It was while writing Gestalt Therapy that Paul commenced his own practice. When he told me of this decision, I asked him what his rates would be. He mused for a while before answering. Certainly he was conscious that whatever his theoretical brilliance, he was in the position of an intern. But more than this was on his mind. He was consulting the examples of his masters, perhaps, especially here, Kropotkin, whom he admired above Tolstoy. For what he finally said was, “What do electricians get?”
I became his patient, soon his apprentice, and attended his and others’ workshops at the New York Institute for Gestalt Therapy. That period of my own life, of being much in Paul’s orbit and seeing him frequently, ended around 1960, when I stopped my own work with severely disturbed children. We remained friends, however, until his death.
Paul’s last years were somber. The rotting away of New York affected him deeply. The war was a profound sorrow, a nausea of soul. The death of his twenty-year-old son was a more grievous blow than might be described. His sense of solitude, of exile among men, which—as he revealed in Five Years—had assailed him even in times of great public activity, became a more settled state. Where he had once written, in a poem of mixed bitterness and love,
Adam, my red lover made of earth,
I am in love with in this world
he now came to write
I have come to hate, it is appalling,
Adam I used to love.
In this war between mankind
and the beauty of the world
I am a traitor, my loyalty
does not lie with mankind.
He wrote Speaking and Language: Defence of Poetry, and Little Prayers and Finite Experience, mixed poetry and prose. He had finished with social criticism, and spoke of wanting to write an epic narrative poem. He had wanted also to write an ethics.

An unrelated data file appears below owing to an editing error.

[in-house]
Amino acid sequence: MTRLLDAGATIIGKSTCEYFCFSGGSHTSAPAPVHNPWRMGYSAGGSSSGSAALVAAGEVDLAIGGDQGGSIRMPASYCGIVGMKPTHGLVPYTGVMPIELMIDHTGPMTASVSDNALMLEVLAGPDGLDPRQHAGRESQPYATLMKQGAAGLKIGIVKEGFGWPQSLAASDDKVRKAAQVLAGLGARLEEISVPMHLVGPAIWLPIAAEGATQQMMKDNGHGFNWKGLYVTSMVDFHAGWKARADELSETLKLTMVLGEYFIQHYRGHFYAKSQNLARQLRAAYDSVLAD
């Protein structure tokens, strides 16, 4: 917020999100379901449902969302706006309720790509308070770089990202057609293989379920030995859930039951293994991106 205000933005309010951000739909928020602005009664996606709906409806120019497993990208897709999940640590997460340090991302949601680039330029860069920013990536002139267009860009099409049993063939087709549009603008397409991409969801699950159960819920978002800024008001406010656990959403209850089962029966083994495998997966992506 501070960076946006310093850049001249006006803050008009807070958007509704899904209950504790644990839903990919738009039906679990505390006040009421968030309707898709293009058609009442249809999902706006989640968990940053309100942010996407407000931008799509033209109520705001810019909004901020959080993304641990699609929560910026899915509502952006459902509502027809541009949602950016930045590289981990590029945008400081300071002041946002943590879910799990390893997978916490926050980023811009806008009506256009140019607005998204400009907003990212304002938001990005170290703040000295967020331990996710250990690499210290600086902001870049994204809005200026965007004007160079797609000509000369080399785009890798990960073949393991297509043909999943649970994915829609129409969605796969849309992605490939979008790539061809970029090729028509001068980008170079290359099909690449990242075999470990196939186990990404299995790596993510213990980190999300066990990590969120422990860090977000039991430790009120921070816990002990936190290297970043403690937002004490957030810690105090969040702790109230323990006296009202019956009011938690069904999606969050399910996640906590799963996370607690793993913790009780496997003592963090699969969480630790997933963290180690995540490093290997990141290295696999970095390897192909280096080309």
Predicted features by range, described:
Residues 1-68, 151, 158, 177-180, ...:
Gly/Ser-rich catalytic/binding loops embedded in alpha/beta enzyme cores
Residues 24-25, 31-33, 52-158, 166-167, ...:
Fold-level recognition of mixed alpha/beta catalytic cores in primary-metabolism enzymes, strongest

He continued to write short poems, especially of the New Hampshire countryside, “this pretty land of my exile,” poems in which an almost wistful love of the world is mixed with the pain of solitude and the foreboding of death.
Heart aching for the North Country
ill as I am is my will to live
until at least again the spring.
The view is heavy wherever I look
with those who were and will not be
on the meadows along the river
five lovers who have drifted
to other country and my own
flesh and blood that is dead.
Today I buried as I promised
Alice’s ashes next to her nephew
in the village graveyard up the hill.
She liked it here. My son had plans
how he would farm it when it was his.
Here is a red leaf on the lawn
I am obsessed by the plain facts:
writing them literally down
is all the poetry I can.
The solitude he speaks of is the residual, unassimilable solitude of a man who has already confronted the identifiable problems of life and has labored by many means to solve them. It is the source of Paul’s many Prayers, and of the strangely vital poems of desperation which appear often as outer limits both of his art and his religious yearning.
Every gain has its loss, not every loss its gain but sinks into the waste
the primal pain unplastic the chaos without a future the astounding past
O monument of agony! if I could carve you a few hacking strokes
unfinished, you’d be worthy to be stood in Florence among the other rocks.
Paul died August 2, 1972, shortly before his sixty-first birthday, and was buried in New Hampshire beside his son and the ashes of his sister.
December 13, 1973